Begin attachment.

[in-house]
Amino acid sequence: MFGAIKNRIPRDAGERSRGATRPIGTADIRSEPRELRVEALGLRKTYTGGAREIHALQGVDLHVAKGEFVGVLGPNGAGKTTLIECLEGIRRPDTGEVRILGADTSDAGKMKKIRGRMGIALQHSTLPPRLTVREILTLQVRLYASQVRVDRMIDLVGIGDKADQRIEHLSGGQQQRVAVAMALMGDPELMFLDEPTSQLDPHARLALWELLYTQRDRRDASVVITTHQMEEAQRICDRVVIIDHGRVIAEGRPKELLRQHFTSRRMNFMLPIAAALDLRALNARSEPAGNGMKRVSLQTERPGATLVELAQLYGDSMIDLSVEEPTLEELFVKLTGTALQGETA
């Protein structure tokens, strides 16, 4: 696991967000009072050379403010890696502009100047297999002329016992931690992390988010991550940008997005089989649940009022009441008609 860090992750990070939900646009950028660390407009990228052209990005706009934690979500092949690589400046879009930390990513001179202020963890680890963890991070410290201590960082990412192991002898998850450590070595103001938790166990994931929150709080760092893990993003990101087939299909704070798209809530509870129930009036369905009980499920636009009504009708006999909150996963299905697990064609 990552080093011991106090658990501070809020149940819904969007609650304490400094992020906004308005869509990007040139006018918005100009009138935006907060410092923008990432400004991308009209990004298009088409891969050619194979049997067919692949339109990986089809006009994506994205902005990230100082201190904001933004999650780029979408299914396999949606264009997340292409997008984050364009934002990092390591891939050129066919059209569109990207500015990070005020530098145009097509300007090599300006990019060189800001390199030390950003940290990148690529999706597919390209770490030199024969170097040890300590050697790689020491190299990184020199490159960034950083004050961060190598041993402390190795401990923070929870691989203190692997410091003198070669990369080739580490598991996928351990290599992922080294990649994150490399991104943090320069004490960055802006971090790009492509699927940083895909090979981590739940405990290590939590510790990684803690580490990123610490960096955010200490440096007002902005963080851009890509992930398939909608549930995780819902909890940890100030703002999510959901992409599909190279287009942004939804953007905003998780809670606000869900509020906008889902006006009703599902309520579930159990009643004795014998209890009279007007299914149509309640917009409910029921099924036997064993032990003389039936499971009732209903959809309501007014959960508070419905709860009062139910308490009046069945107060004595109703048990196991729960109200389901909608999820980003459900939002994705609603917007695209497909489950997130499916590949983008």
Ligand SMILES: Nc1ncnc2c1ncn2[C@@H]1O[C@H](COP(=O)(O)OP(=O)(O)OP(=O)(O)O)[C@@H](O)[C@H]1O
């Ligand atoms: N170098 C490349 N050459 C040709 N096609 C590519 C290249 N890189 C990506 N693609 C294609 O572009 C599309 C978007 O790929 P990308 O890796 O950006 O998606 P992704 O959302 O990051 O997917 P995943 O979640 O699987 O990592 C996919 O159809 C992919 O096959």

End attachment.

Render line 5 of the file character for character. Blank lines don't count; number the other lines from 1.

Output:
């Ligand atoms: N170098 C490349 N050459 C040709 N096609 C590519 C290249 N890189 C990506 N693609 C294609 O572009 C599309 C978007 O790929 P990308 O890796 O950006 O998606 P992704 O959302 O990051 O997917 P995943 O979640 O699987 O990592 C996919 O159809 C992919 O096959």